Friday, April 15, 2016
Only The Lonely
Increasingly, I am aware of those who, by the world's perspective, should be happy but are not. The following is from June 12, 2006 and is about one such individual.
One of my girlfriends ended up with my Roy Orbison album. I didn't try to get it back; I had her vacuum cleaner so it seemed like a fair trade at the time. One of the first songs I remember hearing as a kid was Orbison's Pretty Woman. Numerous boys who listened to that opening riff dreamed of playing the guitar. My most preferred Orbison tune would be his 1960 smash, Only The Lonely. Listening to those lyrics made me sure that Orbison must have first-hand knowledge of serious desolation. Plus, how could any male hit that impossibly high note on the line, You gotta take? He always seemed stiff and formal on stage. The story goes that his trademark dark glasses came about one night when he misplaced his regular pair, substituted his prescription shades during his performance, and the crowd loved the image. I was always struck by two characteristics of this original crooner from west Texas, who impacted the Beatles. He was incredibly homely in a profession that rewards appearance and he always sounded very sad. Last week, there was a PBS special on Roy Orbison. I only caught glimpses but I learned several horrific facts from Orbison's biography. In 1966, his wife, Claudette, was killed in a motorcycle accident in Tennessee. Only two years later, while Roy was touring in Europe, two of his three sons died in a house fire outside Nashville. Roy Orbison lived twenty more years, dying of a heart attack in 1988 at fifty-two. Gauging from his pictures, I would have guessed late sixties. Grief ages us.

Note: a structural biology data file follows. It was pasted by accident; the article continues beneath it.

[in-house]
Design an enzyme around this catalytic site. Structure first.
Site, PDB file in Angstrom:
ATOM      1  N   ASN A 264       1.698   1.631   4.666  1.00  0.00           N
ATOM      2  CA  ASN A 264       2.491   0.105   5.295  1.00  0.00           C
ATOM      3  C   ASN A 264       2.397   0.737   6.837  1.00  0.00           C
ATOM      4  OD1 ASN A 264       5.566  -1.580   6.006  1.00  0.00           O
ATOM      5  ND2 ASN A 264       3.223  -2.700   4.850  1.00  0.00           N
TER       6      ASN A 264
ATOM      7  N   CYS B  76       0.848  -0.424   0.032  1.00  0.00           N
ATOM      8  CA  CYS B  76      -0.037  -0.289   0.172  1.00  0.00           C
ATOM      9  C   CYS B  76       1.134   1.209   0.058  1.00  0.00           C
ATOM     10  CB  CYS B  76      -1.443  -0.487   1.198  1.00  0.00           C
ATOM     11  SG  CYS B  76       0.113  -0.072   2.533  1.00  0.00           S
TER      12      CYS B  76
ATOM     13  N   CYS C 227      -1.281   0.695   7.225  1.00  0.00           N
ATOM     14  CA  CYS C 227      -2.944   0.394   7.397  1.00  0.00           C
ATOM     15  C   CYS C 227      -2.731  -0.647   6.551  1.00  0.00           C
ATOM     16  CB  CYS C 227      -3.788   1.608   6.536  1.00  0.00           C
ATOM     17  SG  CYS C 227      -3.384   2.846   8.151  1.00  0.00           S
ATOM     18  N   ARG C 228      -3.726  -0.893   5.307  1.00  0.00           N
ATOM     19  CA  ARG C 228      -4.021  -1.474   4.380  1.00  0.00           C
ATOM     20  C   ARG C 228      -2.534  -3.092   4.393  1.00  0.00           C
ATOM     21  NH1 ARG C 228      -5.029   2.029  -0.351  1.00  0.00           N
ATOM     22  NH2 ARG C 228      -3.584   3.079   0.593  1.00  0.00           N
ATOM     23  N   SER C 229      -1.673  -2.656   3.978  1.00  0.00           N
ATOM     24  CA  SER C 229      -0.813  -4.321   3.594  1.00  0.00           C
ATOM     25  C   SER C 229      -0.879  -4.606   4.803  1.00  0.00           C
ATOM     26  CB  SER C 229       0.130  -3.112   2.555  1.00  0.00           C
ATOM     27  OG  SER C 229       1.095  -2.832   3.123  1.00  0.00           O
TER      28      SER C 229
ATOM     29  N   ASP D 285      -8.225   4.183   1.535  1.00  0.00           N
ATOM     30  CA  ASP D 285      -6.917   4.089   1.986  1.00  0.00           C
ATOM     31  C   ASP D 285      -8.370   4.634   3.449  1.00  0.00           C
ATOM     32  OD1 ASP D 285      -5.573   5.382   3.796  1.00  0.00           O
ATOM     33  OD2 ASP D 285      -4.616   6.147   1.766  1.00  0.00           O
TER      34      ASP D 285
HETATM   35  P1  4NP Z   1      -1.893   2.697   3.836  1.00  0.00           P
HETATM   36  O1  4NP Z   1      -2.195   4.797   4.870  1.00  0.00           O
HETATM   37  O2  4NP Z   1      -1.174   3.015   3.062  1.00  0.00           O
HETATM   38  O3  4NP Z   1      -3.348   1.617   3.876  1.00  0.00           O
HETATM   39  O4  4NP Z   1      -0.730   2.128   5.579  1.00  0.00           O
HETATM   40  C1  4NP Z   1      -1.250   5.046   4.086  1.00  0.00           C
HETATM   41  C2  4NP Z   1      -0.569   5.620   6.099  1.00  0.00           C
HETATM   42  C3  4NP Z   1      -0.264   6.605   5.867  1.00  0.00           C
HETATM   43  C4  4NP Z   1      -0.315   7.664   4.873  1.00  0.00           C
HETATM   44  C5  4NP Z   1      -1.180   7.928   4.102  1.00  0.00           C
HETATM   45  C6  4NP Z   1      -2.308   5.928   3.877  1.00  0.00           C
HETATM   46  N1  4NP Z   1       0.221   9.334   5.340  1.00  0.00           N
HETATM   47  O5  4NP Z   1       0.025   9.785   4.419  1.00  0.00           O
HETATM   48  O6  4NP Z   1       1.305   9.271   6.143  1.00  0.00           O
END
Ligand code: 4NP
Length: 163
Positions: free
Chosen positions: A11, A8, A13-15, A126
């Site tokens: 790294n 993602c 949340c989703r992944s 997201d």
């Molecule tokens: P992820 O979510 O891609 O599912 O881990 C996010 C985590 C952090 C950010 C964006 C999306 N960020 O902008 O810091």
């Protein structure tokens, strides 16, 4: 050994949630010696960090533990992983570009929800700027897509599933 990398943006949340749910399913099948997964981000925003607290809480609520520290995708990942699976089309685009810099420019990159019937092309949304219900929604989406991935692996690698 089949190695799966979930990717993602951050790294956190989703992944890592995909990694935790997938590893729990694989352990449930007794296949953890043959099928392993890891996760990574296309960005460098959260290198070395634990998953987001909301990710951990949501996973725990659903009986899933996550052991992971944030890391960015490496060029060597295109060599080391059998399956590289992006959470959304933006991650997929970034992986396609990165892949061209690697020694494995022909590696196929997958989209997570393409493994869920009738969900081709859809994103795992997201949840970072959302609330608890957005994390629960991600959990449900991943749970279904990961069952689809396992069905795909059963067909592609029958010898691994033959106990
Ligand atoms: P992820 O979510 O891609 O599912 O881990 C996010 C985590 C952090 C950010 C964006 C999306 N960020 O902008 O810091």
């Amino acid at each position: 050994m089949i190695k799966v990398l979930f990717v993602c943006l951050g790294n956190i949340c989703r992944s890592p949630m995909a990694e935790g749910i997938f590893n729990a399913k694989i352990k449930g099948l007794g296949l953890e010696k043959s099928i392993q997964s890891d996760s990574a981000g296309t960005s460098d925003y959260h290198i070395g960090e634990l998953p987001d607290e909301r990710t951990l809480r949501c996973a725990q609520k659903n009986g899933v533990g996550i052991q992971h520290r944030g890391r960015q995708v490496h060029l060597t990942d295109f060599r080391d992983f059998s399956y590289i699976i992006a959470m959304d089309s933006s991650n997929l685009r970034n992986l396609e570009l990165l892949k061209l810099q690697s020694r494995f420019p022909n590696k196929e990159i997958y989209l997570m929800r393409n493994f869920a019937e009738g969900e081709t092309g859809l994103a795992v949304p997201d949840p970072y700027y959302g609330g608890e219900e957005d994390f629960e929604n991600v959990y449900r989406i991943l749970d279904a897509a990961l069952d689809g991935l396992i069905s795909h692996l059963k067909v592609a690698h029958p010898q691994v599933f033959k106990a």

Roy Orbison seems to me a most unlikely music star. He lacked the looks and the charisma the public craves but he had a realism that ordinary men and women could relate to. Jesus was an unlikely Messiah, at least in the eye of many contemporaries who were faithfully awaiting a more traditional king of the people. Isaiah's references to the coming Savior painted the picture of the one who would change the world's theology and fill the role as the ultimate redeemer of sinful humanity:
"He has no form or comeliness;
And when we see him, there is no beauty that we should desire him.
He is despised and rejected by men,
A man of sorrow and acquainted with grief."
Isaiah 53:2,3 (New King James)
We have to get past preconceived notions to the message that he brought to this desperate world. Apparently, he didn't look the part but beauty cannot save the souls of mankind. Look at what Isaiah says HE did for us:
HE took our infirmities and carried our sorrows.
HE was pierced for our transgressions, crushed for our iniquities.
HE took our sin.
And HE could do it because HE knew who we were- HE was one of us. That favorite Roy Orbison song of mine opens with the words, Only the lonely, know the way I feel tonight. Most can empathize with his sentiments because we've been there: the loneliness, the pain, the grief. Our redeemer has been there, too. Roy Orbison verbalized the human condition through the gift of his music. Jesus saved us from that human condition by the gift of his life. His blood was the eternal cure for our loneliness and every other piece of baggage that travels with it.
Applicable quote of the day:
"I may be a living legend but that sure don't help when I've got to change a flat tire."
To listen to Roy Orbison sing Only The Lonely, click or copy/paste the link below:
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Posted by Steve Hawley at 8:02 PM